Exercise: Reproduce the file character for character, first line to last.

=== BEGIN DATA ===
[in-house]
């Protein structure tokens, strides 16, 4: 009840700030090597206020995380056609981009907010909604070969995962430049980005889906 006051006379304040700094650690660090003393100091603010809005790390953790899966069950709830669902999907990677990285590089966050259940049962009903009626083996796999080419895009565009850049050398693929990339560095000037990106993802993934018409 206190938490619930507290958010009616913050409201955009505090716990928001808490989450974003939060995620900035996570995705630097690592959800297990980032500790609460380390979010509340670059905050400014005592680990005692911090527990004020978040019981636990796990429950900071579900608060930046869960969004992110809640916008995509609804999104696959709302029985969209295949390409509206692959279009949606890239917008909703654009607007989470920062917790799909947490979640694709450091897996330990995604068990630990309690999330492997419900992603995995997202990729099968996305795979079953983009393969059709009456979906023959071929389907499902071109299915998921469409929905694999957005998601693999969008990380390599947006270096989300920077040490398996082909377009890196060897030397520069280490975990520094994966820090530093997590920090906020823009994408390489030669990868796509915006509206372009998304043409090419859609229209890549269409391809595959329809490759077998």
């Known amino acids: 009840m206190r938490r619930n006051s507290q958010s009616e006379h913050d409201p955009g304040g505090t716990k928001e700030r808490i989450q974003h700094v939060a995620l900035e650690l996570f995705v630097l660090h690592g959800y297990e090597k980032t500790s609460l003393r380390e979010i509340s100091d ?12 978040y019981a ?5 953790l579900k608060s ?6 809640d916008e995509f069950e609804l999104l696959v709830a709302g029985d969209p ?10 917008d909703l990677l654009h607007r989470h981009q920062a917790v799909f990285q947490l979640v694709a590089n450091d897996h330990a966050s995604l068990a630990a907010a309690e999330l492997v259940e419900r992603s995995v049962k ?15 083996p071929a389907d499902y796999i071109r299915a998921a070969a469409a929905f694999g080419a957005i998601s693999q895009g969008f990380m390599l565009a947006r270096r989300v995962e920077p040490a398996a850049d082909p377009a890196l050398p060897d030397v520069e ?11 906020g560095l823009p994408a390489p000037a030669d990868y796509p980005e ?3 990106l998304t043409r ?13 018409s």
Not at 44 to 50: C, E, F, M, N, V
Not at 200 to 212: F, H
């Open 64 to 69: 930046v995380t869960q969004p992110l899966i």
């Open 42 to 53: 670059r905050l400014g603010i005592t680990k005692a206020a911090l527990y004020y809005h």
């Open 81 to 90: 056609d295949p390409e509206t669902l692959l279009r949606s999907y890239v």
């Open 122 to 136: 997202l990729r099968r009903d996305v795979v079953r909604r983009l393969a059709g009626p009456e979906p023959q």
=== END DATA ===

[in-house]
């Protein structure tokens, strides 16, 4: 009840700030090597206020995380056609981009907010909604070969995962430049980005889906 006051006379304040700094650690660090003393100091603010809005790390953790899966069950709830669902999907990677990285590089966050259940049962009903009626083996796999080419895009565009850049050398693929990339560095000037990106993802993934018409 206190938490619930507290958010009616913050409201955009505090716990928001808490989450974003939060995620900035996570995705630097690592959800297990980032500790609460380390979010509340670059905050400014005592680990005692911090527990004020978040019981636990796990429950900071579900608060930046869960969004992110809640916008995509609804999104696959709302029985969209295949390409509206692959279009949606890239917008909703654009607007989470920062917790799909947490979640694709450091897996330990995604068990630990309690999330492997419900992603995995997202990729099968996305795979079953983009393969059709009456979906023959071929389907499902071109299915998921469409929905694999957005998601693999969008990380390599947006270096989300920077040490398996082909377009890196060897030397520069280490975990520094994966820090530093997590920090906020823009994408390489030669990868796509915006509206372009998304043409090419859609229209890549269409391809595959329809490759077998």
């Known amino acids: 009840m206190r938490r619930n006051s507290q958010s009616e006379h913050d409201p955009g304040g505090t716990k928001e700030r808490i989450q974003h700094v939060a995620l900035e650690l996570f995705v630097l660090h690592g959800y297990e090597k980032t500790s609460l003393r380390e979010i509340s100091d ?12 978040y019981a ?5 953790l579900k608060s ?6 809640d916008e995509f069950e609804l999104l696959v709830a709302g029985d969209p ?10 917008d909703l990677l654009h607007r989470h981009q920062a917790v799909f990285q947490l979640v694709a590089n450091d897996h330990a966050s995604l068990a630990a907010a309690e999330l492997v259940e419900r992603s995995v049962k ?15 083996p071929a389907d499902y796999i071109r299915a998921a070969a469409a929905f694999g080419a957005i998601s693999q895009g969008f990380m390599l565009a947006r270096r989300v995962e920077p040490a398996a850049d082909p377009a890196l050398p060897d030397v520069e ?11 906020g560095l823009p994408a390489p000037a030669d990868y796509p980005e ?3 990106l998304t043409r ?13 018409s």
Not at 44 to 50: C, E, F, M, N, V
Not at 200 to 212: F, H
């Open 64 to 69: 930046v995380t869960q969004p992110l899966i």
């Open 42 to 53: 670059r905050l400014g603010i005592t680990k005692a206020a911090l527990y004020y809005h």
């Open 81 to 90: 056609d295949p390409e509206t669902l692959l279009r949606s999907y890239v």
């Open 122 to 136: 997202l990729r099968r009903d996305v795979v079953r909604r983009l393969a059709g009626p009456e979906p023959q």